Minimum Wages And Poverty
Textbook analysis tells us that in a competitive labor market, the introduction of a minimum wage above the competitive equilibrium wage will cause unemployment. This paper makes two contributions to the basic theory of the minimum wage. First, we analyze the effects of a higher minimum wage in terms of poverty rather than in terms of unemployment. Second, we extend the standard textbook model to allow for incomesharing between the employed and the unemployed. We find that there are situations in which a higher minimum wage raises poverty, others where it reduces poverty, and yet others in which poverty is unchanged. We characterize precisely how the poverty effect depends on four parameters: the degree of poverty aversion, the elasticity of labordemand, the ratio of the minimum wage to the poverty line, and the extent of incomesharing.Thus, shifting the perspective from unemployment to poverty leads to a considerable enrichment of the theory of the minimum wage.
Please report citation or reference errors to , or , if you are the registered author of the cited work, log in to your RePEc Author Service profile, click on "citations" and make appropriate adjustments.:
- Stephan Klasen & Ingrid Woolard, 2001.
"Surviving Unemployment without State Support: Unemployment and Household Formation in South Africa,"
CESifo Working Paper Series
533, CESifo Group Munich.
- Stephan Klasen & Ingrid Woolard, 2009. "Surviving Unemployment Without State Support: Unemployment and Household Formation in South Africa," Journal of African Economies, Centre for the Study of African Economies (CSAE), vol. 18(1), pages 1-51, January.
- Stephen Klasen & Ingrid Woolard, 2005. "Surviving unemployment without state support: Unemployment and household formation in South Africa," SALDRU/CSSR Working Papers 129, Southern Africa Labour and Development Research Unit, University of Cape Town.
- Klasen, Stephan & Woolard, Ingrid, 2000. "Surviving Unemployment without State Support: Unemployment and Household Formation in South Africa," IZA Discussion Papers 237, Institute for the Study of Labor (IZA).
- Foster, James & Greer, Joel & Thorbecke, Erik, 1984. "A Class of Decomposable Poverty Measures," Econometrica, Econometric Society, vol. 52(3), pages 761-66, May.
- Lustig, N. & Mcleod, D., 1996. "Minimum Wages and Poverty in Developing Countries : Some Empirical Evidence," Papers 125, Brookings Institution - Working Papers.
- Fields, Gary S., 1997. "Wage floors and unemployment: A two-sector analysis," Labour Economics, Elsevier, vol. 4(1), pages 85-91, March.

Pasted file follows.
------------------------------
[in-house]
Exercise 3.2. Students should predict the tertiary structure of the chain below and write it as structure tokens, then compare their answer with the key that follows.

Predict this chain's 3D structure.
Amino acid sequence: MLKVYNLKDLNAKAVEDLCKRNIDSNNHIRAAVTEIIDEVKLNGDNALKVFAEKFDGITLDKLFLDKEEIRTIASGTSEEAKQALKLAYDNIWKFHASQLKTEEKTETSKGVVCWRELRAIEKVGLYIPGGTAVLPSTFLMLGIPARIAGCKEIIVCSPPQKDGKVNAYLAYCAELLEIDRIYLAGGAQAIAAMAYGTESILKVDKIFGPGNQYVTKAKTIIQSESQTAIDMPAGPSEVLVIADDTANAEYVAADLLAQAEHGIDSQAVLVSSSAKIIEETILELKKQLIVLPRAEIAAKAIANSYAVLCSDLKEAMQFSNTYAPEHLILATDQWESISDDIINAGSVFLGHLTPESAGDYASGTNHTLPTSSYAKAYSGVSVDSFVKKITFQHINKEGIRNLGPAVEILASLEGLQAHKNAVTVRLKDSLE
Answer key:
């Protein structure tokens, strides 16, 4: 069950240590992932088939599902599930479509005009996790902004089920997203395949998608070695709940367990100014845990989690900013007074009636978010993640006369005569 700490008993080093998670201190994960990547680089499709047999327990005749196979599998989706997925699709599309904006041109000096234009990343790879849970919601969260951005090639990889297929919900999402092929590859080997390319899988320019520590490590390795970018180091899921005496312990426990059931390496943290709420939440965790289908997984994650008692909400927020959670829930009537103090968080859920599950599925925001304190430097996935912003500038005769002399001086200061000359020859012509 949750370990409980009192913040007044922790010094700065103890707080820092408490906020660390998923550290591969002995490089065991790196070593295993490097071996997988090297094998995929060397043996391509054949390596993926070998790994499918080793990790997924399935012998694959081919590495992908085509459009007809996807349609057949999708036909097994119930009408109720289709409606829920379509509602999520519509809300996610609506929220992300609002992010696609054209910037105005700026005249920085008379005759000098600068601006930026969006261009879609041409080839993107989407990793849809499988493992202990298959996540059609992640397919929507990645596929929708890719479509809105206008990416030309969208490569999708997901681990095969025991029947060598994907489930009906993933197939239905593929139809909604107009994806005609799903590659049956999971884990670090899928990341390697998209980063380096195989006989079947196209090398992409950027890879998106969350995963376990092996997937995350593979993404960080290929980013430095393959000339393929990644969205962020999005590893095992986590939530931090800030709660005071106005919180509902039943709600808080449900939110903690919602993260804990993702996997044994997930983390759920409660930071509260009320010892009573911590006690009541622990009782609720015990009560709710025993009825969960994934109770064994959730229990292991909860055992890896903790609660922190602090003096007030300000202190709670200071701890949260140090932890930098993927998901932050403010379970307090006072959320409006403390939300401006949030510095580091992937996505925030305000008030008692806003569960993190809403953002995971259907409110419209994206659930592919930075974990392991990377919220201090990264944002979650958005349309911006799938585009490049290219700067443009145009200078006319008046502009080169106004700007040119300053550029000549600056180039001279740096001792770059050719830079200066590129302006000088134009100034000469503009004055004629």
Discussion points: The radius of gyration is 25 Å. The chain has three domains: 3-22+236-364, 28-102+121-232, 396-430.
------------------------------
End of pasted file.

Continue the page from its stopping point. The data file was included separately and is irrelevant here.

- David Neumark & William Wascher, 2002.
"Do Minimum Wages Fight Poverty?,"
Western Economic Association International, vol. 40(3), pages 315-333, July.
- Mincer, Jacob, 1976. "Unemployment Effects of Minimum Wages," Journal of Political Economy, University of Chicago Press, vol. 84(4), pages S87-104, August.
- Nora Lustig & Darryl McLeod, 1996. "Minimum Wages and Poverty in Developing Countries: Some Evidence," Discussion Papers 125, Brookings Institution International Economics.
- Scott Adams & David Neumark, 2004.
"The Effects of Living Wage Laws: Evidence From Failed and Derailed Living Wage Campaigns,"
PPIC Working Papers
2004.12, Public Policy Institute of California.
- Adams, Scott & Neumark, David, 2005. "The effects of living wage laws: Evidence from failed and derailed living wage campaigns," Journal of Urban Economics, Elsevier, vol. 58(2), pages 177-202, September.
- Adams, Scott & Neumark, David, 2005. "The Effects of Living Wage Laws: Evidence from Failed and Derailed Living Wage Campaigns," IZA Discussion Papers 1566, Institute for the Study of Labor (IZA).
- Scott Adams & David Neumark, 2005. "The Effects of Living Wage Laws: Evidence from Failed and Derailed Living Wage Campaigns," NBER Working Papers 11342, National Bureau of Economic Research, Inc.
- Freeman, Richard B, 1996. "The Minimum Wage as a Redistributive Tool," Economic Journal, Royal Economic Society, vol. 106(436), pages 639-49, May.
- Edward M. Gramlich, 1976. "Impact of Minimum Wages on Other Wages, Employment, and Family Incomes," Brookings Papers on Economic Activity, Economic Studies Program, The Brookings Institution, vol. 7(2), pages 409-462.
When requesting a correction, please mention this item's handle: RePEc:ess:wpaper:id:169. See general information about how to correct material in RePEc.
For technical questions regarding this item, or to correct its authors, title, abstract, bibliographic or download information, contact: (Padma Prakash)
If references are entirely missing, you can add them using this form.